Kandzari D.E.,Piedmont Heart Institute | Mauri L.,Harvard University | Popma J.J.,Beth Israel Deaconess Medical Center | Turco M.A.,Center for Cardiac and Vascular Research | And 3 more authors.
JACC: Cardiovascular Interventions | Year: 2011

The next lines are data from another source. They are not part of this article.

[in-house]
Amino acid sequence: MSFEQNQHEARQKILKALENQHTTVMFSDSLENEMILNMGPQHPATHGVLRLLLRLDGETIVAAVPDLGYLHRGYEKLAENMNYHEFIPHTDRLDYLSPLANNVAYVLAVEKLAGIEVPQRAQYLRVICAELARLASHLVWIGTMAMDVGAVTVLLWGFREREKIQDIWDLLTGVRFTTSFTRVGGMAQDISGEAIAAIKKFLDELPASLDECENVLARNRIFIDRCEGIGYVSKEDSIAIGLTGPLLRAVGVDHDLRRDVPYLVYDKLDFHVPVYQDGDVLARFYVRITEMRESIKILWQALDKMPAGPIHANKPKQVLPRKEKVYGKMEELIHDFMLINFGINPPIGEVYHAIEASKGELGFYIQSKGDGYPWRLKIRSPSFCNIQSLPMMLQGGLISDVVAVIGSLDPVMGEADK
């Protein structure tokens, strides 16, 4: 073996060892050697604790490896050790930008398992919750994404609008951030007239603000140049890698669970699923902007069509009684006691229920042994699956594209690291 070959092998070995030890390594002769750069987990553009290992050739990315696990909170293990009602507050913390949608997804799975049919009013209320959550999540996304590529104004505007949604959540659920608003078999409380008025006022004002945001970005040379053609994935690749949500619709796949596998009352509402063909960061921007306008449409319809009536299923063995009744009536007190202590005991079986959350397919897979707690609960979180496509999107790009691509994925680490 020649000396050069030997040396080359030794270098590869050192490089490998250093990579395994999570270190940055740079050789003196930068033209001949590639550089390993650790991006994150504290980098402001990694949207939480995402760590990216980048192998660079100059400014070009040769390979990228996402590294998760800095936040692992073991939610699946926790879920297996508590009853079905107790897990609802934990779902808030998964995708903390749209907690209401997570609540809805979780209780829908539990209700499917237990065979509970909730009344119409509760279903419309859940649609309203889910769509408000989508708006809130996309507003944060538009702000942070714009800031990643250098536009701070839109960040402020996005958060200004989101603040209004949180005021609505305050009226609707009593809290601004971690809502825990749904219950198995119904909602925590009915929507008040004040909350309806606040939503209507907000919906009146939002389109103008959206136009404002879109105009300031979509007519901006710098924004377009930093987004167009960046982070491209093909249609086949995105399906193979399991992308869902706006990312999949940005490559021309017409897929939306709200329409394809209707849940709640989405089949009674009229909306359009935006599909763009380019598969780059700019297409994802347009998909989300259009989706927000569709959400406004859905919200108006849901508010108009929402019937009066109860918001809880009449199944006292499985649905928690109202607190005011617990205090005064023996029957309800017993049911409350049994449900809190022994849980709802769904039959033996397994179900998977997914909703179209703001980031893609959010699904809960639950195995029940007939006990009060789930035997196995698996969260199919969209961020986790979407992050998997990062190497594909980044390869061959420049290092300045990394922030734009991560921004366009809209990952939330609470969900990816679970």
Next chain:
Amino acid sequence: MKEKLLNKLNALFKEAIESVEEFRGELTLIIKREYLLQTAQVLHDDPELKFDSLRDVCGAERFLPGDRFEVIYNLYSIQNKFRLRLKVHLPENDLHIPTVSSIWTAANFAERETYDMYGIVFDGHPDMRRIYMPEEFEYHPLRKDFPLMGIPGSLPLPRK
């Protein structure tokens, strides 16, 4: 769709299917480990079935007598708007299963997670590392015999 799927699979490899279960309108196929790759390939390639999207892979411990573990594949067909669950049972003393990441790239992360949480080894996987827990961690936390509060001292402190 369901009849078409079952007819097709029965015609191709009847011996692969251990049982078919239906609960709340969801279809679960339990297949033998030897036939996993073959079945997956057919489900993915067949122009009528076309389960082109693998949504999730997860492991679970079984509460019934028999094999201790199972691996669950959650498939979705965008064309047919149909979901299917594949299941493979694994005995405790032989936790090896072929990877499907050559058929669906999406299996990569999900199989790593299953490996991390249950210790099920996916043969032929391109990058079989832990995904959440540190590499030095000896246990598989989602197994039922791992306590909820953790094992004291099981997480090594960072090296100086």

Objectives: This study sought to compare late safety and efficacy outcomes following percutaneous coronary revascularization with zotarolimus-eluting stents (ZES) and sirolimus-eluting stents (SES). Background: Despite higher late lumen loss and binary restenosis with ZES compared with SES, it is uncertain whether differences in early angiographic measures translate into more disparate late clinical events. Methods: Clinical outcomes were prospectively evaluated through 5 years in the ENDEAVOR III (A Randomized Controlled Trial of the Medtronic Endeavor Drug [ABT-578] Eluting Coronary Stent System Versus the Cypher Sirolimus-Eluting Coronary Stent System in De Novo Native Coronary Artery Lesions) that randomized 436 patients of relatively low anatomic and clinical risk to treatment with ZES (n = 323) or SES (n = 113) and evaluated a primary endpoint of 8-month angiographic late lumen loss. Results: At 5 years (completeness of follow-up: 95.2%), pre-specified endpoints of all-cause mortality (5.2% vs. 13.0%, p = 0.02), myocardial infarction (1.0% vs. 4.6%, p = 0.03), and the composite event rates of cardiac death/myocardial infarction (1.3% vs. 6.5%, p = 0.009) and major adverse cardiac events (14.0% vs. 22.2%, p = 0.05) were significantly lower among patients treated with ZES. Rates of target lesion (8.1% ZES vs. 6.5% SES, p = 0.68) and target vessel revascularization were similar between treatment groups. Stent thrombosis was infrequent and similar in both groups (0.7% ZES vs. 0.9% SES, p = 1.0). Between 9 months and 5 years, progression of major adverse cardiac events was significantly more common with SES than with ZES (16.7% vs. 7.8%, p = 0.015). Conclusions: Despite initially higher angiographic late lumen loss, rates of clinical restenosis beyond the protocol-specified angiographic follow-up period remain stable with ZES compared with the rates for SES, resulting in similar late-term efficacy. Over 5 years, significant differences in death, myocardial infarction, and composite endpoints favored treatment with ZES. (The Medtronic Endeavor III Drug Eluting Coronary Stent System Clinical Trial [ENDEAVOR III]; NCT00217256). © 2011 American College of Cardiology Foundation. Source